The people do not want to compose with the same leaders they have repeatedly rejected in the past. The time is ripe for new parties which rally the multitude, new able leadership, and a new innovative vision
By Mrinal Roy
There is a growing disconnect between the people and politicians across the world. People are more and more loudly voicing their dissatisfaction and ire at the political system and politicians they sometimes voted to power only recently. The core problem is that too often once elected, governments omnipotently arrogate themselves the licence to do whatever they want, very often in the teeth of public interest and what people really want. They fail to understand that, in a democracy, it is the people who remain at all times the final arbiter of their decisions and everything that concerns the country, its core values, its Constitution, the standards of good governance and every important matter which would impact on the well-being of people and the future socio-economic prospects of their country. Any breach of the contract of trust between voter and the elected is bound to cause outrage among the people. The growing discontent of people with the political system and politicians is evidenced by the patent political backlash in the US and the countries of Europe against those in power and some of their decried policies.
This angry mood is best epitomized by the widespread demonstrations since 17 November affecting France when some 290,000 Frenchmen known as the ‘yellow vests’ (Gilets Jaunes) protested against the proposed rise in fuel prices in January hiked as a result of the government’s new carbon tax. Roadblocks set up at more than 2000 locations across France including highways and the Champs-Élysées in Paris and convoys of slow moving trucks snarled up traffic across France. The yellow vests have now called for a third week end of protests.
The demonstrators accuse President Macron who was elected through a landslide vote only some 18 months ago, to be out of touch with the people and the harsh reality of hardships endured by them owing to their eroding purchasing power, despite his promises of an economic upsurge and a better quality of life. The protestors call for his resignation. The anger of the people goes well beyond the issue of higher fuel prices which has served as a detonator to vent out their general discontent stemming from a host of grievances. In essence, a national protest rally of everyday working people with no organized leadership has transformed into a potent movement of outrage against the political establishment. The popularity of President Macron whose presidency has been plagued by a series of protests by workers, students and pensioners, has as a result, plummeted in the polls.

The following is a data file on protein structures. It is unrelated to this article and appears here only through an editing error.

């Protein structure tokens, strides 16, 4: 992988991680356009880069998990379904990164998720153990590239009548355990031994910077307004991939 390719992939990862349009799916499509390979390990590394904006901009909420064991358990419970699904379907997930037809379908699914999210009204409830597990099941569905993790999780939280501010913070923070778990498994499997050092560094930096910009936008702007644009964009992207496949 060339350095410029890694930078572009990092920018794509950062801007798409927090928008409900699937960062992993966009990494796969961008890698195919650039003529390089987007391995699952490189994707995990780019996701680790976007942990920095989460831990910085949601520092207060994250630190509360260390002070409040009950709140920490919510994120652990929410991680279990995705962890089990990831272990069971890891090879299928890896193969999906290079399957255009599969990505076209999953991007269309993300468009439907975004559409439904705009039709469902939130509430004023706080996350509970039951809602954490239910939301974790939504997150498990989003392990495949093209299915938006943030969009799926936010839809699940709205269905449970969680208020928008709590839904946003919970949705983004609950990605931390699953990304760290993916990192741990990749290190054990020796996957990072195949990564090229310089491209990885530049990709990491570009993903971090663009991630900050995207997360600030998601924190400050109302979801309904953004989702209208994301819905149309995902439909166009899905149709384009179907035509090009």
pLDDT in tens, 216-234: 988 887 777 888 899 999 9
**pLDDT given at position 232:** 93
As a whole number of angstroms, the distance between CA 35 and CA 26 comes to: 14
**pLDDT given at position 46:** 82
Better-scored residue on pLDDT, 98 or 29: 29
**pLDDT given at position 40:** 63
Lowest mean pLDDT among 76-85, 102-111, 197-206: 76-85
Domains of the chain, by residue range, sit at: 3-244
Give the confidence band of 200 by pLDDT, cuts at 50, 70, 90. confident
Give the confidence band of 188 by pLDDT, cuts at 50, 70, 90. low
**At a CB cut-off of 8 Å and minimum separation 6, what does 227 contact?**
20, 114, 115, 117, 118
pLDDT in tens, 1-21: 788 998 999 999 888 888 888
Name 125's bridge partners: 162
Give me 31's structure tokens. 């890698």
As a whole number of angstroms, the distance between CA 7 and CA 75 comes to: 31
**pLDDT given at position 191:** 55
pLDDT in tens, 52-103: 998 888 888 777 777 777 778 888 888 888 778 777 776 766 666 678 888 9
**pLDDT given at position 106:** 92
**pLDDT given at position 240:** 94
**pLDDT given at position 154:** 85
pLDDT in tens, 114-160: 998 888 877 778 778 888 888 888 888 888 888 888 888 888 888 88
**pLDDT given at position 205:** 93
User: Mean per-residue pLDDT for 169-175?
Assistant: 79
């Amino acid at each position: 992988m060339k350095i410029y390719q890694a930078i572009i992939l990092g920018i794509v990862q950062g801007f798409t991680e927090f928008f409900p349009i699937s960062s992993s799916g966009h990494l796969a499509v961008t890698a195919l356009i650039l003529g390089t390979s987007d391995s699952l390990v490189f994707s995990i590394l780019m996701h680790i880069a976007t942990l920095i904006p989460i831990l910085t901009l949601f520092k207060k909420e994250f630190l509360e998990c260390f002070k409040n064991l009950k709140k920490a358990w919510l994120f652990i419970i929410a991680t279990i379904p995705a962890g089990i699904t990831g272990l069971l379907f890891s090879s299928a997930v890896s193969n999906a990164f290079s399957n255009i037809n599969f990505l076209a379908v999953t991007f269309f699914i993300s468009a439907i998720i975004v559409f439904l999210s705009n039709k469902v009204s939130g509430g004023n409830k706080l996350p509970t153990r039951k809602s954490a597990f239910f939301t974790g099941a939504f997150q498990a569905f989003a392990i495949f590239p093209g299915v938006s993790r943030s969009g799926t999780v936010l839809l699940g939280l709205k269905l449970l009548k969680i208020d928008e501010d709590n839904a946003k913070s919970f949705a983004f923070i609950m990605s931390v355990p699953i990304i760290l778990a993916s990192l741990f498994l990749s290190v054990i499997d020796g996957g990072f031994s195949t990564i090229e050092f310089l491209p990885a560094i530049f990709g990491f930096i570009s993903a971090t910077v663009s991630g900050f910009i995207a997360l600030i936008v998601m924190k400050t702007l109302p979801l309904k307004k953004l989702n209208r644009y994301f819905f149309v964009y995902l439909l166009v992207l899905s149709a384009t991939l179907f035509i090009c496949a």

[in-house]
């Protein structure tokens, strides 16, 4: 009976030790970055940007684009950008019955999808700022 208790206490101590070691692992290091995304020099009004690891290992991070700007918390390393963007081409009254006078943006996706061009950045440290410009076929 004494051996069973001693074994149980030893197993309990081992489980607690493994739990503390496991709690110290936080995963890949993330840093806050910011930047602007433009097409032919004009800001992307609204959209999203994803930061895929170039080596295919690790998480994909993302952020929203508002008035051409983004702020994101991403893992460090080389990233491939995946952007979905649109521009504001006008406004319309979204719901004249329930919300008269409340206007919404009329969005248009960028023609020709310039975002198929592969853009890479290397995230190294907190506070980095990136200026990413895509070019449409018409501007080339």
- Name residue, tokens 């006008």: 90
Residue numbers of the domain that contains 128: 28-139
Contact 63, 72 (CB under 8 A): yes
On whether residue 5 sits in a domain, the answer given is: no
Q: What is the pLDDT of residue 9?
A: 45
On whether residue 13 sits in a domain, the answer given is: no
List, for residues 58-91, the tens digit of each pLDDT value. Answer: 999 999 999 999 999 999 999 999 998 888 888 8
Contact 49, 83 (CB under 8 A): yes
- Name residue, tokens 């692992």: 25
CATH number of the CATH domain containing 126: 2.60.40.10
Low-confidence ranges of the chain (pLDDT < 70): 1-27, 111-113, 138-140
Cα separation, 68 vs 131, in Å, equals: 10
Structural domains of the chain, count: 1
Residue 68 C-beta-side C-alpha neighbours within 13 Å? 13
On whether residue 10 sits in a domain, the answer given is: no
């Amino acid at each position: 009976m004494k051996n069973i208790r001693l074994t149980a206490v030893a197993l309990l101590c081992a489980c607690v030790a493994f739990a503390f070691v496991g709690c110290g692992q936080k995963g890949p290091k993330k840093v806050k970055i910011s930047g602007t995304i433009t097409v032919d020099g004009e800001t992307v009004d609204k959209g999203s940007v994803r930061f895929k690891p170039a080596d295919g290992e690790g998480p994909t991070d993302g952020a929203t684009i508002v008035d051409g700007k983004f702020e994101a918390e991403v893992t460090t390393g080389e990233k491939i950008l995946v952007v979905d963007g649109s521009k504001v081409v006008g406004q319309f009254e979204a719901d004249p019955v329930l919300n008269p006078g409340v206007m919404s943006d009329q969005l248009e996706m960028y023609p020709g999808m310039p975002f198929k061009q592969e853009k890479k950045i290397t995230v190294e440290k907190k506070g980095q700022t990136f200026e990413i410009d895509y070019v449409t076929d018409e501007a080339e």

The loud and clear message is that governments cannot govern without taking on board the cogent views and valid protests of the people against proposals and decisions which are robustly contested by them. The present political system whereby governments once elected to power use their majority to take decisions decried by the people who elected them is untenable. This is a red line which cannot be crossed with impunity.
It leads, as in France or in the US against for example President Trump’s policy of separating immigrant families, to protests marches and street demonstrations by the people to seek redress. The people can no longer wait for the next elections to air their grievances and rock the boat. The inability of governments across the world to manage, once elected, the affairs of the country with probity and according to the highest code of ethics and norms of good governance for the benefit of all adds to the root causes of the growing disenchantment of the people with the political system and politicians.
These messages and warnings also apply to Mauritius where the situation is no better. Put simply, the people are fed up with the prevailing political system and the current crop of politicians and their appalling standard of governance. The people no longer want to vote for the same political parties led by the same omnipotent leaders which have failed the country for so long.
They instead want a new breed of talented politicians with a track record of achievements in their field of expertise and driven by the lofty ideals, altruism, ethos, selfless sense of service to the people and high standards of political ethics which have inspired the actions of the founding fathers of the main democracies of the world.
In simple terms this means that the level of ethics and probity expected of the political class is such that no politician, MP or minister should, for example, in any way benefit, as has been the case in so many instances, from any financial gains from State funds in the form of damages payouts and other questionable payments.
Sound principles and DNA
Every reform must be grounded on sound democratic principles rather than pander to narrow vested political agendas. The present wide and unfair disparity of voters across the 21 constituencies of Mauritius evidenced by a ratio of about 1:3 between the electors in smallest constituencies (nos 2 and 3) to the largest constituencies (nos 5 and 14) is contrary to elementary principles of democracy. The solutions to fix this iniquitous situation, which should have been a national priority, have not come from the main political parties seemingly content with the unfair status quo but from right thinking Mauritians.